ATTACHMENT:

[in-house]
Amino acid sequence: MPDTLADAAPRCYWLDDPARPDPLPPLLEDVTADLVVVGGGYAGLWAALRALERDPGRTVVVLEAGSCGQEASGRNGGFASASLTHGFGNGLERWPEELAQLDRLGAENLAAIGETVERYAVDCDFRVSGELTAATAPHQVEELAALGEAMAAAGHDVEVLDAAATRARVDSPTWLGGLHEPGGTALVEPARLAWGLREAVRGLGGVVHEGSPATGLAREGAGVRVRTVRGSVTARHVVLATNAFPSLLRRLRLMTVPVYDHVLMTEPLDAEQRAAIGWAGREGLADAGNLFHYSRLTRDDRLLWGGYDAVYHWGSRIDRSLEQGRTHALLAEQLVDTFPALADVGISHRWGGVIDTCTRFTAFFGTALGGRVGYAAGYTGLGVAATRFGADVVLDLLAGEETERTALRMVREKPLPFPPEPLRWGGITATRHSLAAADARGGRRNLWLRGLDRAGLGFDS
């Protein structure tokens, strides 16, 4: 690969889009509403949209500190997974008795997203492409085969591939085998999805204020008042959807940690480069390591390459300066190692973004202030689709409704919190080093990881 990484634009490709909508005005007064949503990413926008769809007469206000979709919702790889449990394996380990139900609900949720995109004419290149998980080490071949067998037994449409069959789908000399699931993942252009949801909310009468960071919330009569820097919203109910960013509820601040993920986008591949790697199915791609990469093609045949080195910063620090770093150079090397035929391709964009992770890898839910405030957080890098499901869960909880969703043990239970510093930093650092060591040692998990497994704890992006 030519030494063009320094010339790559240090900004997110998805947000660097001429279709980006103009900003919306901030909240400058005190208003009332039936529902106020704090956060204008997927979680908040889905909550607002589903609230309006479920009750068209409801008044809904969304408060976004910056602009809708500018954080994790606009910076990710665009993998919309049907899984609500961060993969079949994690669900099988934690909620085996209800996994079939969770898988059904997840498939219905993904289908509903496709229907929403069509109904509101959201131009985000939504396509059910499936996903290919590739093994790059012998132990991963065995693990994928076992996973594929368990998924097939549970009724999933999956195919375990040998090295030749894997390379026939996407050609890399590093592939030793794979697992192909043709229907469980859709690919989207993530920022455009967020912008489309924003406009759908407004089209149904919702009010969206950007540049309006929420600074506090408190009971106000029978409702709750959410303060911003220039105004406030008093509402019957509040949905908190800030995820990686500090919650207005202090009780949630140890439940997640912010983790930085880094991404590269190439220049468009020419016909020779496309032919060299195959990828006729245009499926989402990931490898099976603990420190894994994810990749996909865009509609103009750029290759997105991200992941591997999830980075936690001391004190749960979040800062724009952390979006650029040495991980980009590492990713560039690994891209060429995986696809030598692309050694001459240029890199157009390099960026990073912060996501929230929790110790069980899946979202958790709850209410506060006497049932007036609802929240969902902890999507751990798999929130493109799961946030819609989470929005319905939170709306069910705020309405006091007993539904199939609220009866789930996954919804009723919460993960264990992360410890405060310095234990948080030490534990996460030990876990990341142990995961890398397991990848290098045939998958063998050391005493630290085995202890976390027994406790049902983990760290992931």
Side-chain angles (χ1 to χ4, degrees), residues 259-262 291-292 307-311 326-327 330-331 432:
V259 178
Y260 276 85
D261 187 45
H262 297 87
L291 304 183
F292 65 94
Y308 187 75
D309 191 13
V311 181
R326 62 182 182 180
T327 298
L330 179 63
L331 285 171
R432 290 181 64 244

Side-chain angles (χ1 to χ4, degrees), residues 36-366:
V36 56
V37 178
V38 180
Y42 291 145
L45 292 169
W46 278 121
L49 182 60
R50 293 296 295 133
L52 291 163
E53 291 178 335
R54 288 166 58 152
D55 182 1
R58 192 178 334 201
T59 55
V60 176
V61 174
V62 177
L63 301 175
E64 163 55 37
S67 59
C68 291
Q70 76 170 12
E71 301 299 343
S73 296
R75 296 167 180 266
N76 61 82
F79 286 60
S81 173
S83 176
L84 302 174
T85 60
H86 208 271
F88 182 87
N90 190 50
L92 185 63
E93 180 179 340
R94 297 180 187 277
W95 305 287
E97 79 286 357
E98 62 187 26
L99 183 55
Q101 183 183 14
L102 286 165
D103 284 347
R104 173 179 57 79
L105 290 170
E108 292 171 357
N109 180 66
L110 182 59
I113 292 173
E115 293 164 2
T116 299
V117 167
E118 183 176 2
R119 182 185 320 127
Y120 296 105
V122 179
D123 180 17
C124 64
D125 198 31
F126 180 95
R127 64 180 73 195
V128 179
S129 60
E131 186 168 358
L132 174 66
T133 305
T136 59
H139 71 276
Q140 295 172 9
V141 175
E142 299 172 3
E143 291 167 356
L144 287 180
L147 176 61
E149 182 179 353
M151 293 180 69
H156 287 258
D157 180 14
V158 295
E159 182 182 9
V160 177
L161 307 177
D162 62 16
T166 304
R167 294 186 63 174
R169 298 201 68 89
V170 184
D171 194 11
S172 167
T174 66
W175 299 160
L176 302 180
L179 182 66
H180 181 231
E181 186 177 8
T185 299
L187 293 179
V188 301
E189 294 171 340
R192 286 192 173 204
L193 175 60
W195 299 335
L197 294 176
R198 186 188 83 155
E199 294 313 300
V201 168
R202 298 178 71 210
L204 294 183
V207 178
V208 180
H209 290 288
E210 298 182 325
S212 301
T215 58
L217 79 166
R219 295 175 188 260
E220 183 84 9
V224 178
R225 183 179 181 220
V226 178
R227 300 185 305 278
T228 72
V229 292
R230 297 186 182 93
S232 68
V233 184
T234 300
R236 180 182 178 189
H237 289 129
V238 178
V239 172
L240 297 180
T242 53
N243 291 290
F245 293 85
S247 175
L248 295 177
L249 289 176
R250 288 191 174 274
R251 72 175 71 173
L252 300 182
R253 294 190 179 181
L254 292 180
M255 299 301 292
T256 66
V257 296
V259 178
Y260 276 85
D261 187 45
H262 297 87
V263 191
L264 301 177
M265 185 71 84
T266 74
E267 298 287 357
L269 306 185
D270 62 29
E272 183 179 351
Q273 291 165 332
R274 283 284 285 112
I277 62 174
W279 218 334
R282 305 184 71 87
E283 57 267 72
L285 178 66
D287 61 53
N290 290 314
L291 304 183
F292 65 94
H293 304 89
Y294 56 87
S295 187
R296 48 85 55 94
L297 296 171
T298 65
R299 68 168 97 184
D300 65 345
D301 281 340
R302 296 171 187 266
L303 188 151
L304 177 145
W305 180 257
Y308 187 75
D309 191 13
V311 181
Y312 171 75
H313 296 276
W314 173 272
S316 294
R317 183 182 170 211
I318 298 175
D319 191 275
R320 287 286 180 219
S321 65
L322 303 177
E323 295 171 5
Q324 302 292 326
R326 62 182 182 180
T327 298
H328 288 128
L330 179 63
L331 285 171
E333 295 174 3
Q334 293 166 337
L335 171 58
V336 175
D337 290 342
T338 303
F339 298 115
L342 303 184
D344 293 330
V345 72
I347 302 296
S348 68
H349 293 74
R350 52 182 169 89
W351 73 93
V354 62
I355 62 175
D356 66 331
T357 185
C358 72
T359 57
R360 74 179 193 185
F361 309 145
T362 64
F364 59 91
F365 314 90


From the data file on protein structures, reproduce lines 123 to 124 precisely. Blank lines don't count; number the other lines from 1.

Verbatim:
L197 294 176
R198 186 188 83 155